5. Enables patients and their families to participate in care decisions. Health IT provides patients more access to their medical information and information about their health care options, which empowers them to become informed and educated advocates for their own care. At the same time, as patients have more access to their medical information and use health IT to make decisions, their families—who play a critical role in their care — can play a more active, personal role. In addition, health IT allows for care customized to each patient’s unique situation, whether that means allowing families access to information to help in decision-making, or ensuring information is culturally appropriate.
6. Makes care more convenient for patients. Health IT enables online appointment scheduling, online wait time displays for emergency departments, and the convenience of e-mailing your doctor. Also with health IT, a patient’s medical history, prescription information and test results are at their care provider’s fingertips, saving the patient the burden of providing the information repeatedly to different doctors. In addition, telemedicine, remote monitoring and mobile technology give health care professionals the ability to treat patients at home, saving travel and wait times.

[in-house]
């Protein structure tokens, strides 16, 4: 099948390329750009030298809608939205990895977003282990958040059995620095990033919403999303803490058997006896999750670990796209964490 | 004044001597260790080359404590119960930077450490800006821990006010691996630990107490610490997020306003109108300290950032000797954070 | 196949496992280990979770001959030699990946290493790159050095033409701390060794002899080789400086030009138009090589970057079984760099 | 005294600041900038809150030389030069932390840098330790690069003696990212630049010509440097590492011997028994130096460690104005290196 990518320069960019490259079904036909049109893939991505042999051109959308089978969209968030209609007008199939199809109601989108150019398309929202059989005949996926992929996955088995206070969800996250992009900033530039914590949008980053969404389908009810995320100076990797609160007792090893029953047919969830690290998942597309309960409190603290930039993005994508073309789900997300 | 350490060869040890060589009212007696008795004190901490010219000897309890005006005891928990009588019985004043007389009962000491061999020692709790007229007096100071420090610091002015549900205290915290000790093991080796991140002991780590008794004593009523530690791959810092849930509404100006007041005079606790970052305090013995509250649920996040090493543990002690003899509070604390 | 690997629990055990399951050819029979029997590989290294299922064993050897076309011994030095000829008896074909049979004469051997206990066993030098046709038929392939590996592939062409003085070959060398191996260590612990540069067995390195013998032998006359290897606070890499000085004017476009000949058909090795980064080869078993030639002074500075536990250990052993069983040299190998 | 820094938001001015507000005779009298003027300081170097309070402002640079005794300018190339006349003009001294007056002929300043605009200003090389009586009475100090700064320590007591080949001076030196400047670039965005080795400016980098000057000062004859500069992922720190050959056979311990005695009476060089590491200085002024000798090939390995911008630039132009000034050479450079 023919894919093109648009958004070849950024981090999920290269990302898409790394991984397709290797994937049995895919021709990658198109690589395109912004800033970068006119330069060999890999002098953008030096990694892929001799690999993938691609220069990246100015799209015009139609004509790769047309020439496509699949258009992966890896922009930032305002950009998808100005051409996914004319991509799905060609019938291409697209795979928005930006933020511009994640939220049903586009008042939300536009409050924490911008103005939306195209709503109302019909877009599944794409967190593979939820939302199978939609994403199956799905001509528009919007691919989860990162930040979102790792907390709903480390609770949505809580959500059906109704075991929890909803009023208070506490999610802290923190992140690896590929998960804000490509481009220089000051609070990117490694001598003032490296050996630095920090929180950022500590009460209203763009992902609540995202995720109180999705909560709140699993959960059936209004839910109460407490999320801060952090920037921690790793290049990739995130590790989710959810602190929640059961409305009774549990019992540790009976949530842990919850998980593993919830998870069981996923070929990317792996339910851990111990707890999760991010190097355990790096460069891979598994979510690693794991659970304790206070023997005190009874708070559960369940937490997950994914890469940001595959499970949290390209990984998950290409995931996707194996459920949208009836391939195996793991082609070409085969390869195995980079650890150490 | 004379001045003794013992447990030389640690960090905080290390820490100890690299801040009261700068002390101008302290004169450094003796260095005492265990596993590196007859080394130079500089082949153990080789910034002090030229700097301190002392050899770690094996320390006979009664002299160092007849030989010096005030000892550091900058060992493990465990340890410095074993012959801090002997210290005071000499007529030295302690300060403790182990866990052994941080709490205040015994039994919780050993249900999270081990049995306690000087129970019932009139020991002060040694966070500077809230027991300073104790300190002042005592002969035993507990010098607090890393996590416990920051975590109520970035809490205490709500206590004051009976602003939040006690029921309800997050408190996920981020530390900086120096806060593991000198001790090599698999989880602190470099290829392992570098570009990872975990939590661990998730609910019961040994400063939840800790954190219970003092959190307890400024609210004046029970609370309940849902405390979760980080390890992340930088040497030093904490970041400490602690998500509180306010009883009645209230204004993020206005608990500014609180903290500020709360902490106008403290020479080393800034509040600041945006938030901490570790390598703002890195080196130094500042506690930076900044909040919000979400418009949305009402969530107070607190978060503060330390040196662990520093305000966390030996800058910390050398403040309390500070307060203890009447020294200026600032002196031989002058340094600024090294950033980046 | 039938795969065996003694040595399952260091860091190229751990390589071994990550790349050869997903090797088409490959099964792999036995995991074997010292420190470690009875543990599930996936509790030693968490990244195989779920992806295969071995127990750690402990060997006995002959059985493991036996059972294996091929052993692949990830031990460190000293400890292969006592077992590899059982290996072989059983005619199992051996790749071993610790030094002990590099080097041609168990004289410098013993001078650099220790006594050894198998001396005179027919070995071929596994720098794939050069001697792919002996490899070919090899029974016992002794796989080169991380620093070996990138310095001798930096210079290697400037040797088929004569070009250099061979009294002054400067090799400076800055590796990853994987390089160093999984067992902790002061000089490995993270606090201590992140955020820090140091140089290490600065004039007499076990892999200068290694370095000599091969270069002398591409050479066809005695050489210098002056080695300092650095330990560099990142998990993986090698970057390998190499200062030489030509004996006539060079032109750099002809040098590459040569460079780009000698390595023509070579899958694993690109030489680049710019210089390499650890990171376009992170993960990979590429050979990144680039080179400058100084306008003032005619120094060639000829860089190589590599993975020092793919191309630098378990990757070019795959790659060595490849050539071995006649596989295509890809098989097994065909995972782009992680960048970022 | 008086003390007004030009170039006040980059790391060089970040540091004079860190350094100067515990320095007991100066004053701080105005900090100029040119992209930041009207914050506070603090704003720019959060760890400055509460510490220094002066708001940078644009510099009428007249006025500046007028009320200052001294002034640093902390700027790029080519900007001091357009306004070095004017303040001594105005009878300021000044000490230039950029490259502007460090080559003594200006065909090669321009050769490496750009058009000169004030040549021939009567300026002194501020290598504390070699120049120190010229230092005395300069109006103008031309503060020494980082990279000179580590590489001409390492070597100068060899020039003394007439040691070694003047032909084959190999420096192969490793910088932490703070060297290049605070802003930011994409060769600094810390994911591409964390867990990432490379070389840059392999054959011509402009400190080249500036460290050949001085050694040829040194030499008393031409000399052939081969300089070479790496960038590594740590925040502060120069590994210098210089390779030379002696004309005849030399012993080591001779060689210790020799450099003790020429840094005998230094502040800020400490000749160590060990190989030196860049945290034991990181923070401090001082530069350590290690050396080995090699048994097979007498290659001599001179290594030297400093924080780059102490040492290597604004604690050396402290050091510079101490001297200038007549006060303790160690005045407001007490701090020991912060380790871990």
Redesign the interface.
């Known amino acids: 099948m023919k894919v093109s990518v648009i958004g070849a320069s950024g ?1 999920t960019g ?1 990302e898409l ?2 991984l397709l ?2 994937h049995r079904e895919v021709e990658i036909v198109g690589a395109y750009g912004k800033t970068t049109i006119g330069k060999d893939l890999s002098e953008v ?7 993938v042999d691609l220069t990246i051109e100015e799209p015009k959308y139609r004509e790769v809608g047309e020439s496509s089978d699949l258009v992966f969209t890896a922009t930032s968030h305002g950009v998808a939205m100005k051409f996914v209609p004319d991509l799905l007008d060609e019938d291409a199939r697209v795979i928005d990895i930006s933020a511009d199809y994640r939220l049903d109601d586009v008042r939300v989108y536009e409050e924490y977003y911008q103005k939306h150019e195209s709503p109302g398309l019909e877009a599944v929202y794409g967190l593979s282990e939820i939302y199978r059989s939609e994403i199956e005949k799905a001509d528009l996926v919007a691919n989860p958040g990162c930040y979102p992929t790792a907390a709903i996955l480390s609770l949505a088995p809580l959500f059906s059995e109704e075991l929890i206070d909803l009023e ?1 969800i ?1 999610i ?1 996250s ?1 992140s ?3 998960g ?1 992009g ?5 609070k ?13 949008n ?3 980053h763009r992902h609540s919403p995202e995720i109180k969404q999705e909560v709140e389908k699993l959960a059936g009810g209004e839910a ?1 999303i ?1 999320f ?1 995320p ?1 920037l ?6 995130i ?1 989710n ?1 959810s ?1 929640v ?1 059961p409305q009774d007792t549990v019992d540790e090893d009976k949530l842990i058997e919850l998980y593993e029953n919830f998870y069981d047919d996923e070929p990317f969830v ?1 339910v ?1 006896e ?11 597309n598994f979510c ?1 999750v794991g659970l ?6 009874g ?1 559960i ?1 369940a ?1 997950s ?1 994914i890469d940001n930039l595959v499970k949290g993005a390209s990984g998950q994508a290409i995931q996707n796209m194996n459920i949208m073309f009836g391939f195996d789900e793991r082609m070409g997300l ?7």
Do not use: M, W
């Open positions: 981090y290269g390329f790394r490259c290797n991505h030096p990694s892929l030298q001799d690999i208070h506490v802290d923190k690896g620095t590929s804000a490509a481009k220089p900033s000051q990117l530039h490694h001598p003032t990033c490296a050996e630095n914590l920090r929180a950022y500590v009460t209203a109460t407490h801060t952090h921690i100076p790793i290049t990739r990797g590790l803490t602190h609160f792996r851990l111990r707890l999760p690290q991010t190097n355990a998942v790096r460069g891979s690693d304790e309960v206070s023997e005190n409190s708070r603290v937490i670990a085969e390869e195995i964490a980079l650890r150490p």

7. Helps care for military personnel. When military medics have immediate access to medical records, they can forward critical information on wounded warriors to field hospitals. That information follows the soldiers as they journey from the front line back to rehabilitation in the states.
8. Enhances ability to respond to public health emergencies and disasters. Data can be aggregated and used to improve public health, helping to understand outbreaks in communities and allowing appropriate responses. In disaster situations such as a hurricane, health IT can give practitioners access to a patient’s medical history, regardless of where their medical information lives. When Joplin, Missouri, was hit with a catastrophic tornado earlier this year, the paper records for a local hospital were scattered throughout the region, but the electronic medical records were intact, allowing treatment to continue at alternate facilities.
9. Enables discovery in new medical breakthroughs and provides a platform for innovation. As patient information becomes digitized, researchers can now analyze large sets of anonymous data, facilitating the rapid introduction of new therapies and better analysis on the effectiveness of medications and treatments. In addition, through the increased use of new, innovative mobile technologies and social networking tools, health IT offers the health care industry new ways to understand and administer care to patients.
Health IT is transforming the way health-related information is gathered, stored, shared and used and holds the promise of revolutionizing our health care system, making it more efficient, more effective and more focused on meeting the needs of patients.
Kristine Martin Anderson is a senior vice president in Booz Allen Hamiton's healthcare market.